Troester reported that Kari Retallic from the Wisconsin Pork Producers Association (WPPA) had expressed interest in serving personally or finding someone to serve on the study group. The WPPA’s mission is “to promote and protect the state’s pork industry in order to ensure its success now and in the future.” The group serves as a paid lobbyist for the pork industry in Wisconsin.

Forest Jahnke of Crawford Stewardship Project (CSP), Marietta Study Group member and farmer Janet Widder, and Marietta Township resident and landowner Susan Collins also expressed interest in serving on the county’s study group. Another name suggested was Wisconsin Farm Bureau board member and area representative Robert Nigh.

“Perhaps the WPPA and the Professional Dairy Producers of Wisconsin could be asked to speak to the study group versus being made a member,” Supervisor David Olson said.

Supervisor Wade Dull said he felt that there should be a pork producer on the committee. Brainstorming and discussion revealed that as far as members of the committee were aware, AV Roth is the only pork producer in the county.

Consensus of the committee, at the conclusion of the discussion, seemed to be to recommend that the WPPA representative have a seat on the study group. Crawford Stewardship Project was to serve in an “advisory role, but not have a representative included in the body that will decide what will be in the final report provided to the county board.”

The members of the LCC agreed that they would meet next “in about three weeks” at a date to be decided, at 1 p.m.

Potential litigation

Kim Moret asked the committee, “what about the risk that having the moratorium will result in the county board being sued?”

Janet Widder said “it’s not just AV that can sue the county – any citizen or group of citizens could do that. County corporate counsel has said the moratorium is legal, and the board voted to put it in place.”

Forest Jahnke pointed out that AV will not be ready to actually file for a livestock facility siting permit from the county until the one-year moratorium is almost over.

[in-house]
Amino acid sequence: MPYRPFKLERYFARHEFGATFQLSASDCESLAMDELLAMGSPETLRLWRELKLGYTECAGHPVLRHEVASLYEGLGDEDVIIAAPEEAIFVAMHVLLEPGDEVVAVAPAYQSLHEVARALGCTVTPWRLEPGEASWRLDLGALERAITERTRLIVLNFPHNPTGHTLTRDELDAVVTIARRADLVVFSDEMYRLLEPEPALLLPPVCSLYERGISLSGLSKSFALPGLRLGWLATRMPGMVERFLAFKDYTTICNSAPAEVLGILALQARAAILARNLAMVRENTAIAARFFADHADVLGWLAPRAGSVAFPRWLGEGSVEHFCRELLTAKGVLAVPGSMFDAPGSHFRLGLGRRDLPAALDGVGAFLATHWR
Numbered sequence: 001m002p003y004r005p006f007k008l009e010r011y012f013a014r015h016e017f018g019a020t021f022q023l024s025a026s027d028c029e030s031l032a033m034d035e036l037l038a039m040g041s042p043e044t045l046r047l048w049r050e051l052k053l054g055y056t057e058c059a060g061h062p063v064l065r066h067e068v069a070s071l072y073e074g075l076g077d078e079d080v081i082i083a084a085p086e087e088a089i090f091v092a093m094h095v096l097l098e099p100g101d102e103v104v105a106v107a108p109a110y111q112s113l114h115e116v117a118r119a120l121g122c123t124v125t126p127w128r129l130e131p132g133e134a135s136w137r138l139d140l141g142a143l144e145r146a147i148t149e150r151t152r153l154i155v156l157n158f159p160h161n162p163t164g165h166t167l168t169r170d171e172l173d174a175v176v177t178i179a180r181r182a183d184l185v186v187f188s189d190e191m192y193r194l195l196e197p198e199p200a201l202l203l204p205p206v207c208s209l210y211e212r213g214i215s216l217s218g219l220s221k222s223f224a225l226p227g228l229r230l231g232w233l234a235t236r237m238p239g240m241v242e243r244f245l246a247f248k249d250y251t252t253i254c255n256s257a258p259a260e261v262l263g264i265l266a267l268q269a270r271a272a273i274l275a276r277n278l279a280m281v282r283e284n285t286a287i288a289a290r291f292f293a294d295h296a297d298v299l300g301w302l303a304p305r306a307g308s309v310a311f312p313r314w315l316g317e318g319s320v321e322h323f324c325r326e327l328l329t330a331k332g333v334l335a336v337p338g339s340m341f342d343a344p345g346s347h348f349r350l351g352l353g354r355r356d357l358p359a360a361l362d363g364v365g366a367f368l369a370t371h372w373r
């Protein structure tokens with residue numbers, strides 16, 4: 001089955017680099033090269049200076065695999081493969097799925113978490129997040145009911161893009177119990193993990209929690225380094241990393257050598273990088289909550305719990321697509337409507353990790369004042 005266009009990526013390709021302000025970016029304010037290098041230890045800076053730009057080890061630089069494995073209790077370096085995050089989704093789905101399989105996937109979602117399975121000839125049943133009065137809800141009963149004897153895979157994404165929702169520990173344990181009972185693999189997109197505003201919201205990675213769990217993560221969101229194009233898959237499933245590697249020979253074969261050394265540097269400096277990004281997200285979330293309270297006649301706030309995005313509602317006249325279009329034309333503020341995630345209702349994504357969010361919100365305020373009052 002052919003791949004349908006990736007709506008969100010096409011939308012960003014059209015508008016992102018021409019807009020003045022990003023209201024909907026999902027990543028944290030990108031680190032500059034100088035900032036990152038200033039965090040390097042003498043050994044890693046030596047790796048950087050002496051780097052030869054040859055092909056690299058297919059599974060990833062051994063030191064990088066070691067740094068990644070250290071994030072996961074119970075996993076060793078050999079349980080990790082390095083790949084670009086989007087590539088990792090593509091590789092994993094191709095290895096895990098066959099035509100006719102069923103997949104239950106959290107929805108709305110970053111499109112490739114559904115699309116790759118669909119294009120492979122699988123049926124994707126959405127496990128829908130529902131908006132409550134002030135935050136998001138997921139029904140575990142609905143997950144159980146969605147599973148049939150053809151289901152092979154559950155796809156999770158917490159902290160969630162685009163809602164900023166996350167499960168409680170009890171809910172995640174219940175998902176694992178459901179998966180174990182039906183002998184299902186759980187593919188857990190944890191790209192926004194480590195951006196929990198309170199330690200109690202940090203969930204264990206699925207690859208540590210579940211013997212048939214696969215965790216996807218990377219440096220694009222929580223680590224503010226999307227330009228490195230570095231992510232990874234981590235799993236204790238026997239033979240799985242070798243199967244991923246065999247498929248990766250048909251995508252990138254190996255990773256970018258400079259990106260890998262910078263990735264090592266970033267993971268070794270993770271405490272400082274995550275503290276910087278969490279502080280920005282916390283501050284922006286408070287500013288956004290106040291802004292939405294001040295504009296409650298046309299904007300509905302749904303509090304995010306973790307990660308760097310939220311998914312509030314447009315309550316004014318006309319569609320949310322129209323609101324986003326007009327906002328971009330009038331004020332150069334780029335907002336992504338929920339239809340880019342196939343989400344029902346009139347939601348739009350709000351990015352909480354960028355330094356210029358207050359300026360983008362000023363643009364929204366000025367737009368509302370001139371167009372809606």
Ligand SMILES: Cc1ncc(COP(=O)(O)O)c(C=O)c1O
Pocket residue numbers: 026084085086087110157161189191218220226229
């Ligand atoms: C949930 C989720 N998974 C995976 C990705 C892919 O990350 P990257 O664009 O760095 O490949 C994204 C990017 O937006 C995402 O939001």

“It is my understanding is that even if Roth Feeder Pig were to file for their state permits tomorrow, by the time the state granted them their permits (under the fastest scenario possible) there would only be a couple months (if anything) left of the county moratorium,” Jahnke said. “At that point, it would make no sense to start a court process which would take much longer than simply waiting for the moratorium to expire.”

Dave Olson asked whether the state would act to change ATCP 51, the Livestock Facility Siting Rule that Crawford County’s ordinance is based upon, before the moratorium ends.

“At this time, the proposed changes to ATCP 51 appear to be dead in the water,” Troester said. “If any changes are to be made in the future, the state will have to start over from scratch, so this will likely be a process that will last years, not months.”

CSP’s Janke pointed out that there is also an ongoing process being undertaken by the DNR to draft rules for ‘Sensitive Area’ revisions to the state’s runoff management rule, NR 151. The drafting of the revision to the rule is also expected to take years before it could go to the Natural Resources Board, the governor and the legislature for approval.

“All of these changes at the state level which could impact rules for CAFOs will take longer than the one year duration of the county’s moratorium,” Jahnke explained. “So, as far as AVs application to the county, it is unlikely that any of that will be in place to affect his proposed expansion.”